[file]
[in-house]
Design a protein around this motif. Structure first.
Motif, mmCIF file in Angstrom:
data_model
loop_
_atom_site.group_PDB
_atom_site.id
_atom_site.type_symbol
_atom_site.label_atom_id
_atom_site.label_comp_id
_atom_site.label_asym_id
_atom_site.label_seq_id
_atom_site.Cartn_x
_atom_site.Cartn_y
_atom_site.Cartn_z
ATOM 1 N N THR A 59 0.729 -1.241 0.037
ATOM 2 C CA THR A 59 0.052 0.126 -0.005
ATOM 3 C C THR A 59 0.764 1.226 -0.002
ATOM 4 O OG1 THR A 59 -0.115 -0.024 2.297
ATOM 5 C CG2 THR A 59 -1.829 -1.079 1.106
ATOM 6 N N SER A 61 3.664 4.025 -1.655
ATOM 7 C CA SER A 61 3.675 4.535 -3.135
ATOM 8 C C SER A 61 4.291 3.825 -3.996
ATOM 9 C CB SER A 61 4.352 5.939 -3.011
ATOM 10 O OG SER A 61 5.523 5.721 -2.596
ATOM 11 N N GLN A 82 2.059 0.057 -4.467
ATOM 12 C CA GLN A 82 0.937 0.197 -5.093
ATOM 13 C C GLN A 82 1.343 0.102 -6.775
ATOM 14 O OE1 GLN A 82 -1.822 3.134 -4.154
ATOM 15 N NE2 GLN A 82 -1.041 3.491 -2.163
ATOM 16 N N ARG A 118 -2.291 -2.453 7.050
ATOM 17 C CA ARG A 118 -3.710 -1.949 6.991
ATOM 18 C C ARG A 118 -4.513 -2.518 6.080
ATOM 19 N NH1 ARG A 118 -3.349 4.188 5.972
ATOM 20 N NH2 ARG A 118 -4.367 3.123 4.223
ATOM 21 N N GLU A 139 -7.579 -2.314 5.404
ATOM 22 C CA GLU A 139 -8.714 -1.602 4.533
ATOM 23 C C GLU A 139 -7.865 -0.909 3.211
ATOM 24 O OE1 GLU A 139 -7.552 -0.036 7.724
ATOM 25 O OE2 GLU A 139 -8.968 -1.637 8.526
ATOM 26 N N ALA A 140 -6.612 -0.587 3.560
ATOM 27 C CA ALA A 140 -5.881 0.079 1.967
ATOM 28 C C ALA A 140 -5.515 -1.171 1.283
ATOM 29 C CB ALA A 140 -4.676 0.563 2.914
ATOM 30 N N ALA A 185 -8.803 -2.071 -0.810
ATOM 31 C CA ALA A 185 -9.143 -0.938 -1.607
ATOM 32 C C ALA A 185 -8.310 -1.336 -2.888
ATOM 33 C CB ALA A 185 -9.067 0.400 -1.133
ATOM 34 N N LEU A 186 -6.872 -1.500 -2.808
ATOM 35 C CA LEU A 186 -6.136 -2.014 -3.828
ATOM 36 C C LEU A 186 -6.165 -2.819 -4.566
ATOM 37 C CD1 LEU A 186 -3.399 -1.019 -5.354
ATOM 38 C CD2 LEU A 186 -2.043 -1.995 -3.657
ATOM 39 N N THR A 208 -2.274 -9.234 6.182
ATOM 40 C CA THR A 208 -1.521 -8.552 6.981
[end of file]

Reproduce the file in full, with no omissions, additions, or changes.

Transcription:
[in-house]
Design a protein around this motif. Structure first.
Motif, mmCIF file in Angstrom:
data_model
loop_
_atom_site.group_PDB
_atom_site.id
_atom_site.type_symbol
_atom_site.label_atom_id
_atom_site.label_comp_id
_atom_site.label_asym_id
_atom_site.label_seq_id
_atom_site.Cartn_x
_atom_site.Cartn_y
_atom_site.Cartn_z
ATOM 1 N N THR A 59 0.729 -1.241 0.037
ATOM 2 C CA THR A 59 0.052 0.126 -0.005
ATOM 3 C C THR A 59 0.764 1.226 -0.002
ATOM 4 O OG1 THR A 59 -0.115 -0.024 2.297
ATOM 5 C CG2 THR A 59 -1.829 -1.079 1.106
ATOM 6 N N SER A 61 3.664 4.025 -1.655
ATOM 7 C CA SER A 61 3.675 4.535 -3.135
ATOM 8 C C SER A 61 4.291 3.825 -3.996
ATOM 9 C CB SER A 61 4.352 5.939 -3.011
ATOM 10 O OG SER A 61 5.523 5.721 -2.596
ATOM 11 N N GLN A 82 2.059 0.057 -4.467
ATOM 12 C CA GLN A 82 0.937 0.197 -5.093
ATOM 13 C C GLN A 82 1.343 0.102 -6.775
ATOM 14 O OE1 GLN A 82 -1.822 3.134 -4.154
ATOM 15 N NE2 GLN A 82 -1.041 3.491 -2.163
ATOM 16 N N ARG A 118 -2.291 -2.453 7.050
ATOM 17 C CA ARG A 118 -3.710 -1.949 6.991
ATOM 18 C C ARG A 118 -4.513 -2.518 6.080
ATOM 19 N NH1 ARG A 118 -3.349 4.188 5.972
ATOM 20 N NH2 ARG A 118 -4.367 3.123 4.223
ATOM 21 N N GLU A 139 -7.579 -2.314 5.404
ATOM 22 C CA GLU A 139 -8.714 -1.602 4.533
ATOM 23 C C GLU A 139 -7.865 -0.909 3.211
ATOM 24 O OE1 GLU A 139 -7.552 -0.036 7.724
ATOM 25 O OE2 GLU A 139 -8.968 -1.637 8.526
ATOM 26 N N ALA A 140 -6.612 -0.587 3.560
ATOM 27 C CA ALA A 140 -5.881 0.079 1.967
ATOM 28 C C ALA A 140 -5.515 -1.171 1.283
ATOM 29 C CB ALA A 140 -4.676 0.563 2.914
ATOM 30 N N ALA A 185 -8.803 -2.071 -0.810
ATOM 31 C CA ALA A 185 -9.143 -0.938 -1.607
ATOM 32 C C ALA A 185 -8.310 -1.336 -2.888
ATOM 33 C CB ALA A 185 -9.067 0.400 -1.133
ATOM 34 N N LEU A 186 -6.872 -1.500 -2.808
ATOM 35 C CA LEU A 186 -6.136 -2.014 -3.828
ATOM 36 C C LEU A 186 -6.165 -2.819 -4.566
ATOM 37 C CD1 LEU A 186 -3.399 -1.019 -5.354
ATOM 38 C CD2 LEU A 186 -2.043 -1.995 -3.657
ATOM 39 N N THR A 208 -2.274 -9.234 6.182
ATOM 40 C CA THR A 208 -1.521 -8.552 6.981